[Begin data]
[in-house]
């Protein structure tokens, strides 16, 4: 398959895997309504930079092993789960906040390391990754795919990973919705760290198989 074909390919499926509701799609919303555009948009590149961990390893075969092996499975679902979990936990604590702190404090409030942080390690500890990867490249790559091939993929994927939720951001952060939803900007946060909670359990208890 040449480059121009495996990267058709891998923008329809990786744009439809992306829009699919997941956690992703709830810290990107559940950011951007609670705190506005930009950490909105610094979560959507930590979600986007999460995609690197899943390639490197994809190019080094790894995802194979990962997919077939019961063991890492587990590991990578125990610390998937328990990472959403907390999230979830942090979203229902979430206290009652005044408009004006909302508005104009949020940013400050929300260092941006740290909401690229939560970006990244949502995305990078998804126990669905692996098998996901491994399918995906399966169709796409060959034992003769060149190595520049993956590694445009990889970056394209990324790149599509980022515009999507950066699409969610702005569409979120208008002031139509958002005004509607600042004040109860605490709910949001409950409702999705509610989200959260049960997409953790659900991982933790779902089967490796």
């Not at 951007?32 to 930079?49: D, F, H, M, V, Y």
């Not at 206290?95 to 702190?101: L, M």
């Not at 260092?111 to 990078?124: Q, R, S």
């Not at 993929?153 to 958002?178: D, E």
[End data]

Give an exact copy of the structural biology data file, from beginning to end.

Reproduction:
[in-house]
């Protein structure tokens, strides 16, 4: 398959895997309504930079092993789960906040390391990754795919990973919705760290198989 074909390919499926509701799609919303555009948009590149961990390893075969092996499975679902979990936990604590702190404090409030942080390690500890990867490249790559091939993929994927939720951001952060939803900007946060909670359990208890 040449480059121009495996990267058709891998923008329809990786744009439809992306829009699919997941956690992703709830810290990107559940950011951007609670705190506005930009950490909105610094979560959507930590979600986007999460995609690197899943390639490197994809190019080094790894995802194979990962997919077939019961063991890492587990590991990578125990610390998937328990990472959403907390999230979830942090979203229902979430206290009652005044408009004006909302508005104009949020940013400050929300260092941006740290909401690229939560970006990244949502995305990078998804126990669905692996098998996901491994399918995906399966169709796409060959034992003769060149190595520049993956590694445009990889970056394209990324790149599509980022515009999507950066699409969610702005569409979120208008002031139509958002005004509607600042004040109860605490709910949001409950409702999705509610989200959260049960997409953790659900991982933790779902089967490796």
């Not at 951007?32 to 930079?49: D, F, H, M, V, Y």
């Not at 206290?95 to 702190?101: L, M």
């Not at 260092?111 to 990078?124: Q, R, S």
């Not at 993929?153 to 958002?178: D, E």